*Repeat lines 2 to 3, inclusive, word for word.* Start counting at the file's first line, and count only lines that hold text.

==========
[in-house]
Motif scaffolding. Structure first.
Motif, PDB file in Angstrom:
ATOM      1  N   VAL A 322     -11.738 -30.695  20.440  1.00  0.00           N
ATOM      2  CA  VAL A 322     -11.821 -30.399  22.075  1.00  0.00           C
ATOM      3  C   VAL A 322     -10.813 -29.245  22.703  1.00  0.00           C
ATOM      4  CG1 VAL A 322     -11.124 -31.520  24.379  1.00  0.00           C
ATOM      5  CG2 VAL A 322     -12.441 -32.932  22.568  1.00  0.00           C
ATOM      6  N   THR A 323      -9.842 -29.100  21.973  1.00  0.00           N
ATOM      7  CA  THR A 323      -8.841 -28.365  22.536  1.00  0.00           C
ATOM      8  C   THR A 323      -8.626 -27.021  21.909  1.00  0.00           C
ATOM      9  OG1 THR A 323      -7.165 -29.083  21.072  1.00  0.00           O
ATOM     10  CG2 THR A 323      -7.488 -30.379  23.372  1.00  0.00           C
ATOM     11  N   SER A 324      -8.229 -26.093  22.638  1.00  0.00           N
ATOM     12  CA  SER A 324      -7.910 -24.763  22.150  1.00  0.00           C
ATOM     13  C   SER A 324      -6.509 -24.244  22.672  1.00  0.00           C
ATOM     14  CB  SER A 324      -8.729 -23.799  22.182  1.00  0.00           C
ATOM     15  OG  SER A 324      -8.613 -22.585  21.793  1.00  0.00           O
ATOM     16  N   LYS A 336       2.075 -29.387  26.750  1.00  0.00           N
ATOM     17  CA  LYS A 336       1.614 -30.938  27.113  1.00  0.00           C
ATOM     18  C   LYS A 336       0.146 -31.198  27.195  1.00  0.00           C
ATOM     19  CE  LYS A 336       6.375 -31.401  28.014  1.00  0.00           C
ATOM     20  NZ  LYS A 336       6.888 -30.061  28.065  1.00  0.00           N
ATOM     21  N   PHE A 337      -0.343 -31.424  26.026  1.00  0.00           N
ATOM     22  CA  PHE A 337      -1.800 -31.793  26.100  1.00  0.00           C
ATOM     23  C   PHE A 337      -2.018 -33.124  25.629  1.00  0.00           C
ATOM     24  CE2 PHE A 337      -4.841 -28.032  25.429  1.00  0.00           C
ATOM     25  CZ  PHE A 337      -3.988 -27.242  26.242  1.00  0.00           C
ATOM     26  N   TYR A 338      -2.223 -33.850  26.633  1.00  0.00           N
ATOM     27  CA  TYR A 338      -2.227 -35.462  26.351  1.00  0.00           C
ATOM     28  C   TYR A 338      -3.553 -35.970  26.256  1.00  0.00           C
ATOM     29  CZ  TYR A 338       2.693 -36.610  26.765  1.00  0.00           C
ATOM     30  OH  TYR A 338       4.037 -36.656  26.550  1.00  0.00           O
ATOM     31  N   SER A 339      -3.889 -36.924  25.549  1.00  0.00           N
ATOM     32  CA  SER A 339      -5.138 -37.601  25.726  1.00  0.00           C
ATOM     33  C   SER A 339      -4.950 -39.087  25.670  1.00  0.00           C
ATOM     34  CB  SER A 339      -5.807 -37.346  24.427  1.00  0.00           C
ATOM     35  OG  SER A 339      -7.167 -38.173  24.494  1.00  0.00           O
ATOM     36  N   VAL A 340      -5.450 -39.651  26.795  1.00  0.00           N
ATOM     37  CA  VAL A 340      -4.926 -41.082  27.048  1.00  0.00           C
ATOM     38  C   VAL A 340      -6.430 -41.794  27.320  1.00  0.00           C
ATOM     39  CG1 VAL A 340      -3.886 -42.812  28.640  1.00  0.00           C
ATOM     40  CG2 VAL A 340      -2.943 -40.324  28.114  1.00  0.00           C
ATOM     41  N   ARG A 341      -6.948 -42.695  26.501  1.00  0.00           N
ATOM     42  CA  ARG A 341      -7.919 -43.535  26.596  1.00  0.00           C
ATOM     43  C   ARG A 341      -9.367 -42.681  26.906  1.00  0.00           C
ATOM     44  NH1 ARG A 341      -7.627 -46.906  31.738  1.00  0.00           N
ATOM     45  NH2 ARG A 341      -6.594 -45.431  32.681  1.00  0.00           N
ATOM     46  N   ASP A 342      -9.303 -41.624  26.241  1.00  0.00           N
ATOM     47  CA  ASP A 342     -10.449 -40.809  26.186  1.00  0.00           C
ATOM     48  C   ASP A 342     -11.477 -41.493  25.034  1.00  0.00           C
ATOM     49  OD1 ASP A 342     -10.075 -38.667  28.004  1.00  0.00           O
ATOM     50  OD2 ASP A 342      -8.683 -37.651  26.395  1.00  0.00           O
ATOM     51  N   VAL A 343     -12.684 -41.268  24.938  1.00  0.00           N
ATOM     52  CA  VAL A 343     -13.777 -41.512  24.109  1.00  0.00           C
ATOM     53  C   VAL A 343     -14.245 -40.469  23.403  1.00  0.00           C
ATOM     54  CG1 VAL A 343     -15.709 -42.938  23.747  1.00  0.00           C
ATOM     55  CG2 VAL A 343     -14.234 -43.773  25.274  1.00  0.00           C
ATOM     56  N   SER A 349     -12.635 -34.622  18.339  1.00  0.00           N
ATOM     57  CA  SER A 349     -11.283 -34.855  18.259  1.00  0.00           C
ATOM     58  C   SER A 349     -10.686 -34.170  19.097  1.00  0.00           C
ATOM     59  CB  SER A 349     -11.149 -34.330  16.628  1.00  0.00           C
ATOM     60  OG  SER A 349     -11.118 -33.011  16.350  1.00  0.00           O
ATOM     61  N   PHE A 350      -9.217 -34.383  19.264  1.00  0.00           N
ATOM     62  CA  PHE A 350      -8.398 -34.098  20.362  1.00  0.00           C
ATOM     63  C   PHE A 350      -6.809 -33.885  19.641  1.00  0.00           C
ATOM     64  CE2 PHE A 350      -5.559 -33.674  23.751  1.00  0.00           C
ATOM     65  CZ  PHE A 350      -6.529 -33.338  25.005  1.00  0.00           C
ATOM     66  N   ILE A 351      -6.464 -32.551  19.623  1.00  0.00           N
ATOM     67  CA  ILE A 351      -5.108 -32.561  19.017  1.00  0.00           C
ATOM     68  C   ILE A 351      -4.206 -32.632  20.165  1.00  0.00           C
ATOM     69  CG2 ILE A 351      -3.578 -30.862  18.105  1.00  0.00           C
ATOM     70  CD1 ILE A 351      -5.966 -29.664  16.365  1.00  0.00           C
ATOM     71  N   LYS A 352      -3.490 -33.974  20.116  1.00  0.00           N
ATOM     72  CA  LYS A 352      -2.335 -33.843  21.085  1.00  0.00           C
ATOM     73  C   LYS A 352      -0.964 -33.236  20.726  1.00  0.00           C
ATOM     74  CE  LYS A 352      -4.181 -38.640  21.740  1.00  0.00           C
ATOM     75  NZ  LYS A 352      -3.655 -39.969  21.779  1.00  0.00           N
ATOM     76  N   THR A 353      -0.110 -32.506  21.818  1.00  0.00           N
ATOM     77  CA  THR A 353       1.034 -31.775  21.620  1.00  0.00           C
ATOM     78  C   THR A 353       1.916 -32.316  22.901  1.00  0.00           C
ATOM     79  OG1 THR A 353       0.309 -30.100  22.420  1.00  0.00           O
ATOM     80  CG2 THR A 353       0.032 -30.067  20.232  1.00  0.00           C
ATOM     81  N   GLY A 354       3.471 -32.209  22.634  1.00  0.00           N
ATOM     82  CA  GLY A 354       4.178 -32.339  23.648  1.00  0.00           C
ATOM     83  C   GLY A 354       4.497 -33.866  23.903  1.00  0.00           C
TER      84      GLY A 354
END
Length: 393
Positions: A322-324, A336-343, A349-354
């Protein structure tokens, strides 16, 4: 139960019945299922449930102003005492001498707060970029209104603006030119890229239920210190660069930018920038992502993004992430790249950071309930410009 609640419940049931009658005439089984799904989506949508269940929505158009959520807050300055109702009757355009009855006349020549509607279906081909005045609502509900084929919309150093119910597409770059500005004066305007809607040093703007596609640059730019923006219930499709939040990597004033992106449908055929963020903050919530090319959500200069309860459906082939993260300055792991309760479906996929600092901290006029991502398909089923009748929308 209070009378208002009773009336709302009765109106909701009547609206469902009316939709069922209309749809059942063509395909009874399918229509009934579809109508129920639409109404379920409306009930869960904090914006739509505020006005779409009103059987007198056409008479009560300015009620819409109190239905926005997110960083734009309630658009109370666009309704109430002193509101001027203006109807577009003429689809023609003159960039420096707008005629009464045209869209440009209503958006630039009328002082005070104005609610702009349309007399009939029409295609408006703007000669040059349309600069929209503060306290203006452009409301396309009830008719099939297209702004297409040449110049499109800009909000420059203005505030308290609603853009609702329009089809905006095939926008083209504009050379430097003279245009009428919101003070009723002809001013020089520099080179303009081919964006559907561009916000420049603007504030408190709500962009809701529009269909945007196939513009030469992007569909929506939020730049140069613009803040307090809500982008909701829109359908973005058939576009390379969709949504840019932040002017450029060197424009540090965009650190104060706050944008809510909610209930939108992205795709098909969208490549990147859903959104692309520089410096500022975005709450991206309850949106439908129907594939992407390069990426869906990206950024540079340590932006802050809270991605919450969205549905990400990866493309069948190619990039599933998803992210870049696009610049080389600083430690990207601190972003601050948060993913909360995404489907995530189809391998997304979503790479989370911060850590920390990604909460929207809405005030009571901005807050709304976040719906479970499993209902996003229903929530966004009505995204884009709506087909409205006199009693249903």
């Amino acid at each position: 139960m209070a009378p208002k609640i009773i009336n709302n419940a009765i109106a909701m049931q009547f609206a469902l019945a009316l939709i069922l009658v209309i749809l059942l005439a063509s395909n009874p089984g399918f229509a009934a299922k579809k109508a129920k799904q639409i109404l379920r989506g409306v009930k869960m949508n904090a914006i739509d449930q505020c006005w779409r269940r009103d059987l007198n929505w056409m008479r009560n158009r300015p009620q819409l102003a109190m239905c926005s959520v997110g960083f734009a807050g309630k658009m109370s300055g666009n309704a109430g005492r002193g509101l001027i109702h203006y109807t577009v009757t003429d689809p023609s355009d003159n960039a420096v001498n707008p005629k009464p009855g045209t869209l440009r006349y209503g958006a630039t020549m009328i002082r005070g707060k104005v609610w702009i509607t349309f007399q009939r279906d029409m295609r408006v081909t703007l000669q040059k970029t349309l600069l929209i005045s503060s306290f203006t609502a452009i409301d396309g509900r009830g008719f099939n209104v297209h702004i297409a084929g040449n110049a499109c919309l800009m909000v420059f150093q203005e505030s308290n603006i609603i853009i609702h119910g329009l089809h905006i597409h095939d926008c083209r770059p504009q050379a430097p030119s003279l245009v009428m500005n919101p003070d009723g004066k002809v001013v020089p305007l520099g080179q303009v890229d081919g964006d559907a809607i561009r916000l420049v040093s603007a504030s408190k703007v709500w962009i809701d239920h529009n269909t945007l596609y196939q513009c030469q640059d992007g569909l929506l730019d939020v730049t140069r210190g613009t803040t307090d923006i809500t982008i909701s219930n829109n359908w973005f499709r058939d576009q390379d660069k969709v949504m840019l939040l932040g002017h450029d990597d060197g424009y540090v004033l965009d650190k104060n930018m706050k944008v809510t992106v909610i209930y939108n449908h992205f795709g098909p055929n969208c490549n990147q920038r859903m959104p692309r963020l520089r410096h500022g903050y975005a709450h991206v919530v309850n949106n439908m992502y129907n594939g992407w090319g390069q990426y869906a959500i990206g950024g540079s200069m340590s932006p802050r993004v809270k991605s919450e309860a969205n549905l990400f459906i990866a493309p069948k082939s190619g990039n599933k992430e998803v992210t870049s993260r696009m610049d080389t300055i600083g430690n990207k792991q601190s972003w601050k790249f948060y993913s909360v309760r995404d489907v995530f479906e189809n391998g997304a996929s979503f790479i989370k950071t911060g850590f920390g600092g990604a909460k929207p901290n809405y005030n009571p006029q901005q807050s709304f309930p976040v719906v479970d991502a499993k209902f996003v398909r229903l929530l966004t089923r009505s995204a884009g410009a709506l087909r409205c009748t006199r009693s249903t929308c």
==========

Motif scaffolding. Structure first.
Motif, PDB file in Angstrom: